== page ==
Epilepsy App Tracks Seizures

Pauline Anderson

October 15, 2015

Patients with epilepsy can now track their seizures using an app downloaded onto their Apple Watch.

The interactive EpiWatch app, developed by researchers at Johns Hopkins Medicine in Baltimore, Maryland,, works with ResearchKit, an open-source framework designed by Apple to facilitate research studies carried out using its devices.

The information that's collected by patients with epilepsy will eventually be used to develop a seizure detector, said Nathan Earl Crone, MD, co-director, clinical neurophysiology fellowship program and associate professor of neurology.

Dr Nathan Earl Crone

The interactive app enables patients to track seizures in real time. After downloading and installing the free app, patients are provided with a unique code. When they get an indication that they're having a seizure, they simply activate the function, and the app continuously collects gyroscope, accelerometer, and heart rate data.

The coded data are uploaded to a server. None of the patient's personal information is identifiable, said Dr. Crone.

At the end of the seizure, patients are given a short quiz asking about what kind of seizure they just had, how long it lasted, and whether they had a warning, "although by and large if they activated the app, they did have a warning," said Dr Crone.

The app also has "built in" surveys gathering information on medication adverse effects, adherence, and seizure triggers, he said. Its journaling function prompts users to answer a series of questions on a daily basis, including: Have you had a seizure today? If so, what type of seizure was it? Did you take your medication? If not, why not?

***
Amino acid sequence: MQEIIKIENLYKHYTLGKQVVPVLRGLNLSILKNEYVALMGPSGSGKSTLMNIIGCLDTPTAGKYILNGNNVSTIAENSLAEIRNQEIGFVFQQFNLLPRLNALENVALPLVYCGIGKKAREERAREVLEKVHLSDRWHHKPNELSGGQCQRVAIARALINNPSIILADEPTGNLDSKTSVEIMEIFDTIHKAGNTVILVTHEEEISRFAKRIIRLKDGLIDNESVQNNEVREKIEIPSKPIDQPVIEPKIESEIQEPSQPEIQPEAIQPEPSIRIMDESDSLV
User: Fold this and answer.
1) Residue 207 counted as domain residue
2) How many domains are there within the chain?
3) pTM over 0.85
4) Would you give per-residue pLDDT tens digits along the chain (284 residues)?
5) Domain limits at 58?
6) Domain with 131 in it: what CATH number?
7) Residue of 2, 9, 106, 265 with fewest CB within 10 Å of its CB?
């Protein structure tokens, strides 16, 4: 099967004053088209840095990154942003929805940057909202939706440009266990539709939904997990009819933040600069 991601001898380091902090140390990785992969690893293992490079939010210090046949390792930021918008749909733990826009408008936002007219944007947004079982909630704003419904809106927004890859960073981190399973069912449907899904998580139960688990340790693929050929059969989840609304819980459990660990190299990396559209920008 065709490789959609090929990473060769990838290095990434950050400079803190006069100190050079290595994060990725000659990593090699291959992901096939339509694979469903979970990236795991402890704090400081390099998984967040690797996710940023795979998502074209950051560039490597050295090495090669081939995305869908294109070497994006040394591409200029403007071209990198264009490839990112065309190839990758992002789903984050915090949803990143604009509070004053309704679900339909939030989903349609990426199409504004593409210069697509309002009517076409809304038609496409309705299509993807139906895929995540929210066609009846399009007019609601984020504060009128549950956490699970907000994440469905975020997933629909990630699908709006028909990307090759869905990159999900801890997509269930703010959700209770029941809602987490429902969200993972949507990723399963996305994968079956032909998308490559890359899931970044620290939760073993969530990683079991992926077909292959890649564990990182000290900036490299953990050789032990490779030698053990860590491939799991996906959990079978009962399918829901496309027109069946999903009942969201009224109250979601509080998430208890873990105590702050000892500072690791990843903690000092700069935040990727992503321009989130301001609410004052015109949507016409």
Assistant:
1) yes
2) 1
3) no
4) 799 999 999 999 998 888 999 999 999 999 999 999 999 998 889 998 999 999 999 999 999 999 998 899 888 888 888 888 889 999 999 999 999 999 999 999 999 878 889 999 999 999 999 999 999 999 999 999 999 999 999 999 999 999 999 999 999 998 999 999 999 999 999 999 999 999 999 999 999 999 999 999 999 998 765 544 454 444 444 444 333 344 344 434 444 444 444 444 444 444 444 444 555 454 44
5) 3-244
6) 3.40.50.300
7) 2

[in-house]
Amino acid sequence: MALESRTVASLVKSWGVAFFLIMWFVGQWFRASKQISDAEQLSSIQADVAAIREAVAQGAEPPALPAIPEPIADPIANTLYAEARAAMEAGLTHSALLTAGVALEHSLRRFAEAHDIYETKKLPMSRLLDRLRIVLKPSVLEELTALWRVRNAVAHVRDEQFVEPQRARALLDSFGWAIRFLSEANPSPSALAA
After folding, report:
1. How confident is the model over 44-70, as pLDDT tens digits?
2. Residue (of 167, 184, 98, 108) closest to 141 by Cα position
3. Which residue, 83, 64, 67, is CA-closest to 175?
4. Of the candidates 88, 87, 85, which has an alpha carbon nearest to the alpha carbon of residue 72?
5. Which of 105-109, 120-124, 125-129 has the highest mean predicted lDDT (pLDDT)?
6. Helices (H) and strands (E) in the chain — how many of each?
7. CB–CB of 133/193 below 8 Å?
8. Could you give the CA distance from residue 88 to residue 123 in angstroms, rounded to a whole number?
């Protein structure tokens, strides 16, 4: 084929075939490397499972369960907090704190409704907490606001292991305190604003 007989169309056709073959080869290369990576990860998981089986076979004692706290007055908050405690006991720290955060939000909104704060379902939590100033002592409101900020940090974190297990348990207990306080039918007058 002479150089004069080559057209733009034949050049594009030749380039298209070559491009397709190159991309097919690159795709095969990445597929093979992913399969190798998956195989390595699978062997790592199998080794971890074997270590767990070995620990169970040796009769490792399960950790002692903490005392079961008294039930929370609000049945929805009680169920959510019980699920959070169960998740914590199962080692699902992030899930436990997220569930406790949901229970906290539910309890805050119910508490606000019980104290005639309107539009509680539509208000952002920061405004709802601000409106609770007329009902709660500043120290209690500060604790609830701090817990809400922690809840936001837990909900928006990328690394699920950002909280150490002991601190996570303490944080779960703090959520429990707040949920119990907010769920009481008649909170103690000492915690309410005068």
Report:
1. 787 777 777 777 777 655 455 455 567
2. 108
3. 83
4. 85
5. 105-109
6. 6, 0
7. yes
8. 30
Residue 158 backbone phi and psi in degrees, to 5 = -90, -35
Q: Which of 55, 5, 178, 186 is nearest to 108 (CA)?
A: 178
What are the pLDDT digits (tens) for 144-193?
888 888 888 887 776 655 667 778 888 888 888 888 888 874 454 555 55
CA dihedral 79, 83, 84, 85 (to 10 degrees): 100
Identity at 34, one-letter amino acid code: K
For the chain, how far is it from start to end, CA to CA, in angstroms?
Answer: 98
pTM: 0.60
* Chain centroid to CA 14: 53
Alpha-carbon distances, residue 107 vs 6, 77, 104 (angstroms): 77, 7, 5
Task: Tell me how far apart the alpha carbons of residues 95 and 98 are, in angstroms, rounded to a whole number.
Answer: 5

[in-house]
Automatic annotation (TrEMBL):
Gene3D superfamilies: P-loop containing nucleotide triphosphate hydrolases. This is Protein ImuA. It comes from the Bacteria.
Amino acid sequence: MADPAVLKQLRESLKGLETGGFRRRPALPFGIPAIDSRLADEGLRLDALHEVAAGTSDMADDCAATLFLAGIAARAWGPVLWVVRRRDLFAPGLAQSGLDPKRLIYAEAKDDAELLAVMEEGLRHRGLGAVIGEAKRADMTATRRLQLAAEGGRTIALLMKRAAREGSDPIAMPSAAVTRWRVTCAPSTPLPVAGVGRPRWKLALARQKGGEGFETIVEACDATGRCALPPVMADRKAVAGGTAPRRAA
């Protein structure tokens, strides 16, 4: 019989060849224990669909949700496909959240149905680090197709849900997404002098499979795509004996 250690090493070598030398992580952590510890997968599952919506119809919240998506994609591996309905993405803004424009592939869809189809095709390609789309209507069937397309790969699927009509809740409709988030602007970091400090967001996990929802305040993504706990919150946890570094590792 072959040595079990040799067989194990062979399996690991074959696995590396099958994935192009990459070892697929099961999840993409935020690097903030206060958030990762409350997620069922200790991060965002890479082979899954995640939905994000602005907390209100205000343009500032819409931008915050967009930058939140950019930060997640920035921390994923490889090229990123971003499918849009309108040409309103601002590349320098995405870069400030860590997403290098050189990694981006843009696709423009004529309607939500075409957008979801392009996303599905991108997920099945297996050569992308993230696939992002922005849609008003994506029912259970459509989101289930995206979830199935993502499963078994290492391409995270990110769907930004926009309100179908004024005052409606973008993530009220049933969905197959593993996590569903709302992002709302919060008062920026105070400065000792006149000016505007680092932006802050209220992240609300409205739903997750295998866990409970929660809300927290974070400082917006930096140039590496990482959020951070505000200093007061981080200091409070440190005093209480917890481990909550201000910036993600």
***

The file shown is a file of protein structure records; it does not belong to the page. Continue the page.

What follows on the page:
"It's very interactive" and includes text messaging capabilities, said Dr Crone. If patients don't respond to a vibration or sound alert asking them to verify they're having a seizure, a message can be sent to a family member or caregiver.

Users can review their data and compare their symptoms to those of others in their demographic with similar seizures.

All this will be useful information for researchers. Dr Crone and his colleagues will be using a "research dashboard" to keep tabs on how many patients are getting the app and how many seizures they're tracking. "We will looking at the data as it comes in."

Researchers aim to eventually use the data to develop a seizure detector that will be included in the app. Such a detector should come in handy in determining whether a seizure was falsely detected, said Dr Crone.

Over 2.5 million people are living with epilepsy in the United States. Any of these patients older than age 16 years could take advantage of the new app, said Dr Crone.

He would obviously like as many of these patients as possible to use the seizure tracker.

"Honestly, if a couple of thousand patients were to use it and actively contribute seizure data, it would be a success in my eyes. But I'm hoping that we will do even better than that."

The app also works with the iPhone, but users won't be able to participate in all research activities, said Dr Crone.


Comments on Medscape are moderated and should be professional in tone and on topic. You must declare any conflicts of interest related to your comments and responses. Please see our Commenting Guide for further information. We reserve the right to remove posts at our sole discretion.